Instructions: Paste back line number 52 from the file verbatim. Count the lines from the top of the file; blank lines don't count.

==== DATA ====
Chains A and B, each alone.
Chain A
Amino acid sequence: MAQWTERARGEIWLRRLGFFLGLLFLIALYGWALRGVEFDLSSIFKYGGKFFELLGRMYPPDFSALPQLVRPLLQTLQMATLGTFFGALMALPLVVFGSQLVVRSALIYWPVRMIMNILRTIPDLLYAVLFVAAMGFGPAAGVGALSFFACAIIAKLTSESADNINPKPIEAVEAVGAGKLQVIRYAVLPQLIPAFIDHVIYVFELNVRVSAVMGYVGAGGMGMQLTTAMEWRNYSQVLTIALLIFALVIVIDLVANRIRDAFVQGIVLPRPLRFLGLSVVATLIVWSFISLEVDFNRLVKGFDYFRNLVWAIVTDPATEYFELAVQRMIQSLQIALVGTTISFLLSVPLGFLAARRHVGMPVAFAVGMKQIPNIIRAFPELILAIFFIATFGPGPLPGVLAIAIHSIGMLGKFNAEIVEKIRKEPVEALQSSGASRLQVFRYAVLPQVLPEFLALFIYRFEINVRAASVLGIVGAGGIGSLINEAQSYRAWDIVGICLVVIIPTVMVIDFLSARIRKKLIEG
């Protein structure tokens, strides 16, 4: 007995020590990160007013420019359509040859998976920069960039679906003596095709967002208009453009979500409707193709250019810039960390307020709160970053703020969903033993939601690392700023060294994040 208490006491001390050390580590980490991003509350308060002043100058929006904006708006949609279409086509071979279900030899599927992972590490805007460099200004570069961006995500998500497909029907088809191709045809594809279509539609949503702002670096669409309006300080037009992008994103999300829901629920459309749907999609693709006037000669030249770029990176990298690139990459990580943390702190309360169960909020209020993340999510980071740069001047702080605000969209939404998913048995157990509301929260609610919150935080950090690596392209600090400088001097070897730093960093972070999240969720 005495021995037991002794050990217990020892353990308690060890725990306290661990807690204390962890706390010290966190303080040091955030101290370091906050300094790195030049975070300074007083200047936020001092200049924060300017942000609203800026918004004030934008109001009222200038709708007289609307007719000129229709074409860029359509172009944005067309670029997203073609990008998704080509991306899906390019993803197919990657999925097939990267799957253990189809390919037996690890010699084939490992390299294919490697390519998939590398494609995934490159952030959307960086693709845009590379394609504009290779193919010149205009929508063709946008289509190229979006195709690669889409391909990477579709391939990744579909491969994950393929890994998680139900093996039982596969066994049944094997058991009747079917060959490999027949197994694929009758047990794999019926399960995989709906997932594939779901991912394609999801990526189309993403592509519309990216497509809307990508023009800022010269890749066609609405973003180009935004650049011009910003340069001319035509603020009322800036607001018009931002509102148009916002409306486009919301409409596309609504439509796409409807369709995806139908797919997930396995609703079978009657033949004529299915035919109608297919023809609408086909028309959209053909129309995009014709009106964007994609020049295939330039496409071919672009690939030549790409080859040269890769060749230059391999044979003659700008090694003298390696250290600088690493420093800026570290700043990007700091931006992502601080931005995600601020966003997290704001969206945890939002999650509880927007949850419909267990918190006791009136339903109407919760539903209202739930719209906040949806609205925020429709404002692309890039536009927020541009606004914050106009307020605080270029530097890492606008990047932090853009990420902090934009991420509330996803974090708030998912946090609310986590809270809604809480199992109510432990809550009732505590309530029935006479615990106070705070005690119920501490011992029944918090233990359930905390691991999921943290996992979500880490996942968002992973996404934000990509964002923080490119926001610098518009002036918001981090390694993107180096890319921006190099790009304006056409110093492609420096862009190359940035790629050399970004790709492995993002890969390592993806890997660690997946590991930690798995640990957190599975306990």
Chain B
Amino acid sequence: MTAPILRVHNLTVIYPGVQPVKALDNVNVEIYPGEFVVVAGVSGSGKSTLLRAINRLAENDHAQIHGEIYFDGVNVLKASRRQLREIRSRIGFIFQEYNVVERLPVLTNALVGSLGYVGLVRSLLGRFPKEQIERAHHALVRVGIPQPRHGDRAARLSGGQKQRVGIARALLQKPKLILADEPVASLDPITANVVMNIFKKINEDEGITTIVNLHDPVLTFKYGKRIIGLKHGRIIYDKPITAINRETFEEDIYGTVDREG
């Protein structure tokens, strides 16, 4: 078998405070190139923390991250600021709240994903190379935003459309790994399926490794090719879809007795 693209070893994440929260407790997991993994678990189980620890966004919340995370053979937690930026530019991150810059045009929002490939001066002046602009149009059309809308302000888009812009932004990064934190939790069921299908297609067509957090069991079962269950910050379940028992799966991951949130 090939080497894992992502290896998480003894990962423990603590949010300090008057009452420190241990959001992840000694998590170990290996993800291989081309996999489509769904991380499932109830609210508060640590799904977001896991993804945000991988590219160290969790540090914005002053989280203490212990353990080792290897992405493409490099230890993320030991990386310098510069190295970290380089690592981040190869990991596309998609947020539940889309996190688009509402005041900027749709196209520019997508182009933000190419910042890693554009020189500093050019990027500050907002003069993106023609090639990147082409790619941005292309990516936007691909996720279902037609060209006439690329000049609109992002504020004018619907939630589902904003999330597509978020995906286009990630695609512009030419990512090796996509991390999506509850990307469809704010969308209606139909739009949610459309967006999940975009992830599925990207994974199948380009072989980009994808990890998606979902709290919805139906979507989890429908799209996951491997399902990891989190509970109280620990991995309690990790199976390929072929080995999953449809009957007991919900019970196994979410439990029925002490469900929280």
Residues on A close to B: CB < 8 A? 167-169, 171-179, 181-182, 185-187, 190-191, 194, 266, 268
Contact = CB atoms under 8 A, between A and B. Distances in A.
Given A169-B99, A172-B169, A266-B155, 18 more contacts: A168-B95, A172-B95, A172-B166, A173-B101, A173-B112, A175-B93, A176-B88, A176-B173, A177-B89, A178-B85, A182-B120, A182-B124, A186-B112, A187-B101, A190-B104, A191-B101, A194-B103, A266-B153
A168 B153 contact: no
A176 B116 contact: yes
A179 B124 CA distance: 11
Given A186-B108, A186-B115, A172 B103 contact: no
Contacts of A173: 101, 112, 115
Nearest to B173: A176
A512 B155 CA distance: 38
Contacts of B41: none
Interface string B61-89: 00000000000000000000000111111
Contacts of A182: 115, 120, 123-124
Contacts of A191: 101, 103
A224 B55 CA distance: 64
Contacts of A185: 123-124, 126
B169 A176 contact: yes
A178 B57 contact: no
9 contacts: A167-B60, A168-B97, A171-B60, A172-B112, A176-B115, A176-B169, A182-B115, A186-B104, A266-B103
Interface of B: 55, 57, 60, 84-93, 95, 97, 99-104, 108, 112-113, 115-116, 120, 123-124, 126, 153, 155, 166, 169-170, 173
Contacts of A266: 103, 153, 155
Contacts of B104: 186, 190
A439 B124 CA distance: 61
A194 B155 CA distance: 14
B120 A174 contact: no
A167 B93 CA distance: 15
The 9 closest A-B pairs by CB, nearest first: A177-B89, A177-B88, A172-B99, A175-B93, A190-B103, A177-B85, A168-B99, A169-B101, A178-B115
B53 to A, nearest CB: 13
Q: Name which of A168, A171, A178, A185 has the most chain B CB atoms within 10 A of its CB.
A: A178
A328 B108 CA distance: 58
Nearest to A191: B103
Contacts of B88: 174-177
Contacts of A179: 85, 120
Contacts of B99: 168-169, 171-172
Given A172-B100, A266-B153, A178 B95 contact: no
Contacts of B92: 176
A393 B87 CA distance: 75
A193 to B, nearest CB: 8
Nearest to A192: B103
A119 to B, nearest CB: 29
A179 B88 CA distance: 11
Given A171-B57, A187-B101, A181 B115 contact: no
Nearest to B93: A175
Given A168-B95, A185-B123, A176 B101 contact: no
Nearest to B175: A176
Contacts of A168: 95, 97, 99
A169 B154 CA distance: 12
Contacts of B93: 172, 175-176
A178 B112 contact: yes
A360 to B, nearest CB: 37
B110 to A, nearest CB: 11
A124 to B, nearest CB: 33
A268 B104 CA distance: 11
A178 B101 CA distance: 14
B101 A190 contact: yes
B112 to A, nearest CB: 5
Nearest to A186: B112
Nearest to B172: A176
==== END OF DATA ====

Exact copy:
Given A168-B95, A185-B123, A176 B101 contact: no